Reactors and SMRs
Nuclear energy provides a clean, emission-free source of electricity all day, every day.
How a Nuclear Reactor Works
Nuclear reactors produce heat by splitting atoms. That heat converts water into steam. That steam turns a turbine that spins a magnet which makes electricity flow to the grid.
Small Modular Reactors (SMRs)
Small modular reactors (SMRs) generate between 10 and 300 MWe and are much smaller than Canada’s flagship CANDU reactors, which average around 700 MWe.
Nuclear fuel is very energy dense, so a nuclear reactor needs very little fuel. Uranium pellets weigh about 20 grams each (a little less than the weight of a AA battery).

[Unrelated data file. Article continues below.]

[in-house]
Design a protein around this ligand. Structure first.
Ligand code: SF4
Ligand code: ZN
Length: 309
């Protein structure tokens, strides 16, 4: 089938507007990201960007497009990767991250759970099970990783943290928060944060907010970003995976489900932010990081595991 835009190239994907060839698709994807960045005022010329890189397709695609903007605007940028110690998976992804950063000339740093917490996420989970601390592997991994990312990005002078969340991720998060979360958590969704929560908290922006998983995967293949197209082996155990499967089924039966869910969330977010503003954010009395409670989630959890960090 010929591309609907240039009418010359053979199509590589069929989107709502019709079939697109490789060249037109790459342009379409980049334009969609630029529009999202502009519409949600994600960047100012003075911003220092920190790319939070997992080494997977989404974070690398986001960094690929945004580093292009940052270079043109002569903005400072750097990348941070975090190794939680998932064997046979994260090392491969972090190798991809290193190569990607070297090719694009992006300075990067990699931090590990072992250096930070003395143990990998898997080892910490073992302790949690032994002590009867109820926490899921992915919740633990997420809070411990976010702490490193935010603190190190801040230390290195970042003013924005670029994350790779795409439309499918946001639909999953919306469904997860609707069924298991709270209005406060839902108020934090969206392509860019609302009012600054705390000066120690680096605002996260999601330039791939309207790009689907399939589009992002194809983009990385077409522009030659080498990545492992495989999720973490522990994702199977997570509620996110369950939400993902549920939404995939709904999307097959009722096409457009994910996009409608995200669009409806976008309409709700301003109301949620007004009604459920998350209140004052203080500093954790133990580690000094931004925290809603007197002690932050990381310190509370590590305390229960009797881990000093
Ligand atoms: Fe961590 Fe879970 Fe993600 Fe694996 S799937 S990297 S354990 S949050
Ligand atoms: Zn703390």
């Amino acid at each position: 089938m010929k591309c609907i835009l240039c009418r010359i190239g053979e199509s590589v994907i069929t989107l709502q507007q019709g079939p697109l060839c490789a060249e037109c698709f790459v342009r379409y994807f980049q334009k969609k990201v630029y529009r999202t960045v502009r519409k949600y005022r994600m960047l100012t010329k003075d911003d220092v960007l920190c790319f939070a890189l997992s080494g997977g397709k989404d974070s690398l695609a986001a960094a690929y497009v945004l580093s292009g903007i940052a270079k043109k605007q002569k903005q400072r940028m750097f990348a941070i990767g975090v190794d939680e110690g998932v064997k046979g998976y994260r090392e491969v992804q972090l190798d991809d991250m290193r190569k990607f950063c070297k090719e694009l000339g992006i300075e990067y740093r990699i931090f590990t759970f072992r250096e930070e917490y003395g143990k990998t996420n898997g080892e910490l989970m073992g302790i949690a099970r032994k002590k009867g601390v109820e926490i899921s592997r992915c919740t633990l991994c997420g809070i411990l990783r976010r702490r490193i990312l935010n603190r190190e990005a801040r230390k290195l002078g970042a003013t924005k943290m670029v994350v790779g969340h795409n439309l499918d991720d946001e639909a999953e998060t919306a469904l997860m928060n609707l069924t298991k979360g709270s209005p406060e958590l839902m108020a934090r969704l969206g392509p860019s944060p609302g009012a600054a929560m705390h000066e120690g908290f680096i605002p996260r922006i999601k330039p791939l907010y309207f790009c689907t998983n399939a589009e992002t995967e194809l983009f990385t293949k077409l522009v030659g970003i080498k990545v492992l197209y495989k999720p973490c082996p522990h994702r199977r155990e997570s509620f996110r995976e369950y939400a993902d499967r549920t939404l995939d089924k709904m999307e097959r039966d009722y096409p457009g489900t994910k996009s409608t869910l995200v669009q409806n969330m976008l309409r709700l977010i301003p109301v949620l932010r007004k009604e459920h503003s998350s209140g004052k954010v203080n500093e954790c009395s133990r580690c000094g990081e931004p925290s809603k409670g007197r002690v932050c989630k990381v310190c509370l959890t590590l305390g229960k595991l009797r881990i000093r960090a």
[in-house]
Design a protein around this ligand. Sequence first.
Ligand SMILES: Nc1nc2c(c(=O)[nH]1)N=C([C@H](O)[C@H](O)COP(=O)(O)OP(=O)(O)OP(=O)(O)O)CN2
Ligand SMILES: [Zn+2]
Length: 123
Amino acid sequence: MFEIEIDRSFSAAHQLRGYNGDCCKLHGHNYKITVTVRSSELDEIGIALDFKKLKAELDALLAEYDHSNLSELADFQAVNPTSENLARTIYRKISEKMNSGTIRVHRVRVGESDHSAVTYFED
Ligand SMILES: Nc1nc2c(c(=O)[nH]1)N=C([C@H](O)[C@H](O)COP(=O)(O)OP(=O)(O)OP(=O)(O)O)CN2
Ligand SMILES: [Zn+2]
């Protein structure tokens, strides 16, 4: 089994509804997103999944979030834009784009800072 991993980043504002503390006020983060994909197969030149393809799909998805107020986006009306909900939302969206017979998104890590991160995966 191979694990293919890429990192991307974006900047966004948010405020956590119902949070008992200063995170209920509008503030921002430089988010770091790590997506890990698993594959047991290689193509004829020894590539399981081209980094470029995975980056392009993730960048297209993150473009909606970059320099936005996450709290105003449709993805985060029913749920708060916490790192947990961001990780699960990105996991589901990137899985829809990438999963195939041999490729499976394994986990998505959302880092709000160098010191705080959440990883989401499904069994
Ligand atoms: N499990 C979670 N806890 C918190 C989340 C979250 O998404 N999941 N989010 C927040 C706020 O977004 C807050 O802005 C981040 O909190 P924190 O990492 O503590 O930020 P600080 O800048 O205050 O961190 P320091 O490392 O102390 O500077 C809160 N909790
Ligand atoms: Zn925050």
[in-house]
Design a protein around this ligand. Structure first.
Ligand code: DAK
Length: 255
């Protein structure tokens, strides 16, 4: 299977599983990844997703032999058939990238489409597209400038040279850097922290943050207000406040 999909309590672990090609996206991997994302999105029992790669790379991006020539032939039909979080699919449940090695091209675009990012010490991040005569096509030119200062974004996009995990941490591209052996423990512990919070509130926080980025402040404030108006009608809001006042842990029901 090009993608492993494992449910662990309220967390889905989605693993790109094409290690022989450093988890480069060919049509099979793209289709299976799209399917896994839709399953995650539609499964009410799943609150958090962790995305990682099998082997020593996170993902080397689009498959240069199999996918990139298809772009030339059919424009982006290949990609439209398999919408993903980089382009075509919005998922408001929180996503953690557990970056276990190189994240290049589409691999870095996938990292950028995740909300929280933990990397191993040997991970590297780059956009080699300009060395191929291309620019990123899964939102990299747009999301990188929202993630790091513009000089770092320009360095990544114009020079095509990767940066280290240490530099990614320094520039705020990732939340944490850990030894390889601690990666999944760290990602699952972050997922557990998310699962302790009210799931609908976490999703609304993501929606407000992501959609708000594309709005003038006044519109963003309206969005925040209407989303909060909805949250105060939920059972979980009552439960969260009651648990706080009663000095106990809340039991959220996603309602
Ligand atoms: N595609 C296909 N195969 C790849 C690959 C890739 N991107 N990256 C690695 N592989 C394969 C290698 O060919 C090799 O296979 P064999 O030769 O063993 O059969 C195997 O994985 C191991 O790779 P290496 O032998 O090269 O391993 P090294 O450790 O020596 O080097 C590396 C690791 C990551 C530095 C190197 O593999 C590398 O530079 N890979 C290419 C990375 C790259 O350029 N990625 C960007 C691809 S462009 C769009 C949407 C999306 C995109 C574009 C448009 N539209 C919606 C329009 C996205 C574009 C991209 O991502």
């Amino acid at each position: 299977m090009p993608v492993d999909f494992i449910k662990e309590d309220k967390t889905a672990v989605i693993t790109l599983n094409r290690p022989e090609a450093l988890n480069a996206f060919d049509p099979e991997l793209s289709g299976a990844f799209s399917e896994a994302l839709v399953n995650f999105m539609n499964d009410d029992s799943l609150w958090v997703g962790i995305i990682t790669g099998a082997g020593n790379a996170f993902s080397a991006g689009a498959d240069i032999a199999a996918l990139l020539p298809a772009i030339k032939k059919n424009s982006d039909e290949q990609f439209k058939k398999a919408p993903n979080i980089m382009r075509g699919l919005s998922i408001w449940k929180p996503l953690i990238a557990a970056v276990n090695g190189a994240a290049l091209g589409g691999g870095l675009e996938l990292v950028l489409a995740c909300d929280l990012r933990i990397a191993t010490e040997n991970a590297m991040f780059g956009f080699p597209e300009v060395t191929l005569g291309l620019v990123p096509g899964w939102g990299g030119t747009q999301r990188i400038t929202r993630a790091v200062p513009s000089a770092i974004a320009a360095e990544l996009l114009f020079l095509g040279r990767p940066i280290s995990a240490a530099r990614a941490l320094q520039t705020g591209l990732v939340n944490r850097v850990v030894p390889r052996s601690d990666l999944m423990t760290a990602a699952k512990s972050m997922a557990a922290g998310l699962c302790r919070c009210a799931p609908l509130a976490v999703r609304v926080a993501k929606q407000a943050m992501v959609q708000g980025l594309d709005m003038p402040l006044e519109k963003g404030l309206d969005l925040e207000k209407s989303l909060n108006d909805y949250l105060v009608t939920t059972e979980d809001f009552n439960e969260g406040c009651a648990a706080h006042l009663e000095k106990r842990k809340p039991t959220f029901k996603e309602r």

Nuclear Power in Canada
Nuclear plants have been powering Canadian grids since the 1960s, but Canada has been involved in nuclear science and technology from the beginning.
The Canadian nuclear industry is one of the most closely monitored industries in the world. Major nuclear facilities are the most protected critical infrastructure in Canada.
Spent Fuel and Nuclear Byproducts
Spent fuel — the uranium that has powered nuclear reactors — makes up about three per cent of the volume of nuclear waste worldwide. The total amount of spent fuel bundles in Canada would fill about six hockey rinks to the height of the boards.